The last time David Winning had a red-carpet film premiere in Calgary was over 20 years ago. It was for Killer Image, an Alberta-shot 1992 thriller starring Michael Ironside and M. Emmet Walsh. But the Calgary native’s history with the Globe Cinema, which held a raucous screening Saturday night on behalf of the Calgary International Film Festival for the world premiere of Winning’s TV movie Mutant World, dates back even further to when the director screened his 1987 film Storm.
“It played in this theatre,” said Winning with a smile, after the screening Saturday night. “Which is very weird.”
Winning, who usually divides his time between Los Angeles and Calgary, has carved out a long history as a gun-for-hire director with a penchant for guiding actors such as Bruce Dern (Swamp Devil), Robert Englund (Black Swarm) and Kevin Sorbo (Something Beneath) through B-movie terrain.
Mutant World follows a similar path. In his intro before the film, producer Mike Frislev of Calgary’s Nomadic Pictures gleefully labelled it a B-movie, as in “big ideas” brought to the screen with very little money. Shot in Strathmore and Calgary and starring Kim Coates, Ashanti, Holly Deveaux, Amber Marshall, David LeReaney and Jason Cermak, it will air on the Syfy Channel in the U.S. in early November and Super Channel in Canada at a later date.
It follows the adventures of a group of doomsday preppers who emerge from an elaborate bunker — the interiors were played by the old Telus Science Centre — a decade after a meteorite wipes out civilization. They find the world overrun by, you guessed it, mutants.
It gave some locals a chance to play against type. Yes, that’s Marshall, who usually plays Heartland’s earnest horse-whispering hero Amy Fleming, switching gears to play Nicole, a scrappy, machine gun-toting medic. If David LeReaney, a veteran theatre actor and dialect coach of a thousand voices, actually has a type than his turn as an action-ready military man named Mads is probably against it.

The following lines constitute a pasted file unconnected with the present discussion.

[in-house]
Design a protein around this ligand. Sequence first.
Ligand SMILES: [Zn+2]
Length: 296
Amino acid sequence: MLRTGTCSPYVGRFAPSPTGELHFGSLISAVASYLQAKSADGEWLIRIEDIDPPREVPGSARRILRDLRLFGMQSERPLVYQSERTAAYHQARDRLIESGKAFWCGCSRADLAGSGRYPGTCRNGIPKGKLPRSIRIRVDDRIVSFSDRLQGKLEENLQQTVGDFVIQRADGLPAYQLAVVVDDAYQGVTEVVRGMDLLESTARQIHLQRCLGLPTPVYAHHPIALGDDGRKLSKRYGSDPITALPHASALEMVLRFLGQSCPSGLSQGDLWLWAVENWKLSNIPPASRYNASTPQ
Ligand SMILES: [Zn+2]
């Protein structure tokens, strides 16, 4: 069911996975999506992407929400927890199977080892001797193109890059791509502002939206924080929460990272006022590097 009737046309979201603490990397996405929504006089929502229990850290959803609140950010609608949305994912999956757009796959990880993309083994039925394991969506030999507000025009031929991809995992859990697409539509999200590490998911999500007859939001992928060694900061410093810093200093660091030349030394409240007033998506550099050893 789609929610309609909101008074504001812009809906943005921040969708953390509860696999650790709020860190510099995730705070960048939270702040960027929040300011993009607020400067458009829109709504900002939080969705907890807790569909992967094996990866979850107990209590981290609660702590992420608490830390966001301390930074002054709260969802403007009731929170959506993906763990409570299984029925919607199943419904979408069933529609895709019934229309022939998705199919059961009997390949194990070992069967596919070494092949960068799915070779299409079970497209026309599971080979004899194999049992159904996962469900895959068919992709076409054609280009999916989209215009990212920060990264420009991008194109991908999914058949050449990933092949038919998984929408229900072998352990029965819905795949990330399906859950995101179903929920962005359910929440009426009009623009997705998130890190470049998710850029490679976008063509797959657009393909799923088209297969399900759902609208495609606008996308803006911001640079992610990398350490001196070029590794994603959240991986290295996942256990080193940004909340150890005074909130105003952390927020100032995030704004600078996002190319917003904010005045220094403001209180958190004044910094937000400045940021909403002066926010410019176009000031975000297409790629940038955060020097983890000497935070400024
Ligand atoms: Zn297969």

“LeReaney I’ve been wanting to work with forever,” says Winning. “I wanted to cast him in things when I started out in movies. He was always ‘Calgary’s actor’ — he was always the guy you wanted to get.”
Saturday’s sold-out screening had an appropriate, late-night vibe to it. Outside, zombies prowled the red carpet and posed with actors. It seemed three-quarters of the Alberta film industry was on hand. A-list Mexican director Alejandro González Iñárritu, who begins shooting the Leonardo DiCaprio western The Revenant this week in the wilds of southern Alberta, was even there. Granted, it was to watch the pensive, Palme D’Or-winning Turkish film Winter Sleep that was screening before Mutant World. Nevertheless, he gamely and briefly posed on the red carpet.(without the zombies.)
Inside, the audience reacted appropriately to the fun on the screen, laughing and whooping it up for the cheesy one-liners and green-blood-spurting (The Mutants have green blood for some reason) kills and decapitations.
“It was nice to see people getting energized by it,” says Winning. “It’s so tongue-in-cheek. You get into it and laugh and think ‘this is ridiculous’ and then get pulled back into it. Which is the whole point of it when you have no money and are trying to stretch the story as much as you can, which is implausible to begin with.”
Deveaux plays the film’s action heroine Melissa, a take-charge kind who is both handy with a gun and has a curious habit of breaking into sorrowful song throughout the movie. She was among the actors — including Marshall, LeReaney and Cermak — on hand for the screenings.
“I’ve been marvelling at it ever since I heard it was happening,” she said about Saturday’s red-carpet launch, prior to the screening. “I was like ‘It’s a TV movie and it’s at a film festival!’. It’s so exciting and speaks so highly of the film. It was a great example of a great Alberta crew coming together to create what I’m pretty sure, I haven’t seen it yet, will be an awesome flick.”